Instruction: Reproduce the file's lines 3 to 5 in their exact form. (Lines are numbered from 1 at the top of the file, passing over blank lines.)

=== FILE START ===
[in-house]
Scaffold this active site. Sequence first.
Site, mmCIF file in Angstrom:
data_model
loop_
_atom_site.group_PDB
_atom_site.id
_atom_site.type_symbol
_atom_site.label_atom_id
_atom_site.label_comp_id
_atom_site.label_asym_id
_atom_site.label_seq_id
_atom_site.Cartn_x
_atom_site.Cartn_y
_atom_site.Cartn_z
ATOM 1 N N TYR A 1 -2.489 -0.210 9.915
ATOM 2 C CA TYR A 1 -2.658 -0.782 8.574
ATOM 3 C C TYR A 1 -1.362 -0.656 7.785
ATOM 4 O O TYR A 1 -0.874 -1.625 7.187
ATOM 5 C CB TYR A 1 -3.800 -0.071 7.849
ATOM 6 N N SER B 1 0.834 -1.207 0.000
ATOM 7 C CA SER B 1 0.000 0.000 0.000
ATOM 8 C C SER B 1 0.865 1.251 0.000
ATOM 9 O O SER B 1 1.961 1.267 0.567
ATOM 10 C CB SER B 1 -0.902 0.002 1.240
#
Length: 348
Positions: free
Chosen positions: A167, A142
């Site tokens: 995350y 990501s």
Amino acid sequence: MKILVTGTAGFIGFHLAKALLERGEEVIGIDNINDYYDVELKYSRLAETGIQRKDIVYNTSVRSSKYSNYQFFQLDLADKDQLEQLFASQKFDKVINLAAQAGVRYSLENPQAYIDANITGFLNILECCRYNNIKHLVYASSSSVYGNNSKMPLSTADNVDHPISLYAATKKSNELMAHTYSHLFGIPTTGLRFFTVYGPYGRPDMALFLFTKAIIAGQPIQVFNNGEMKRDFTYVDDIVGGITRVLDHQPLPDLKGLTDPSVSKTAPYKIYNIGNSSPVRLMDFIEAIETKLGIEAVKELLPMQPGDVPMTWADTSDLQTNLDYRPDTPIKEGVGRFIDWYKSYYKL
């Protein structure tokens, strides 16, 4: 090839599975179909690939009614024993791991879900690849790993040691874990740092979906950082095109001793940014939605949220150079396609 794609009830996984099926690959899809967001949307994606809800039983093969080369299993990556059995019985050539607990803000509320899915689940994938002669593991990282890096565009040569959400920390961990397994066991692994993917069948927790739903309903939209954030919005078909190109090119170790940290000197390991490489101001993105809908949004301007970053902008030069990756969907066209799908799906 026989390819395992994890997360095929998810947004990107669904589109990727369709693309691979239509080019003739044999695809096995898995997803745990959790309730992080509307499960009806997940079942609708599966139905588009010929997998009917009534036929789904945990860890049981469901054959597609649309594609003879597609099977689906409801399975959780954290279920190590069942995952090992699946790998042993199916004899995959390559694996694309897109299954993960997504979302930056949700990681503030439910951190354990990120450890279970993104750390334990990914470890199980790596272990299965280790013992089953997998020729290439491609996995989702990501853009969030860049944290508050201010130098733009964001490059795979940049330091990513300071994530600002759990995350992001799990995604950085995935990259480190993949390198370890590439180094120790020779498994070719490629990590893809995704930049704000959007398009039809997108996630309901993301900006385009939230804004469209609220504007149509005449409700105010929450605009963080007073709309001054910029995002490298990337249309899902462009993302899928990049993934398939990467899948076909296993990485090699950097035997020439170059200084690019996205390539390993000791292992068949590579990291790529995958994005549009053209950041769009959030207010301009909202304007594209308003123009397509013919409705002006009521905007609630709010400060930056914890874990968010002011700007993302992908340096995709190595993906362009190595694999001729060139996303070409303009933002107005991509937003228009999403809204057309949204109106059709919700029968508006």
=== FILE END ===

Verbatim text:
Site, mmCIF file in Angstrom:
data_model
loop_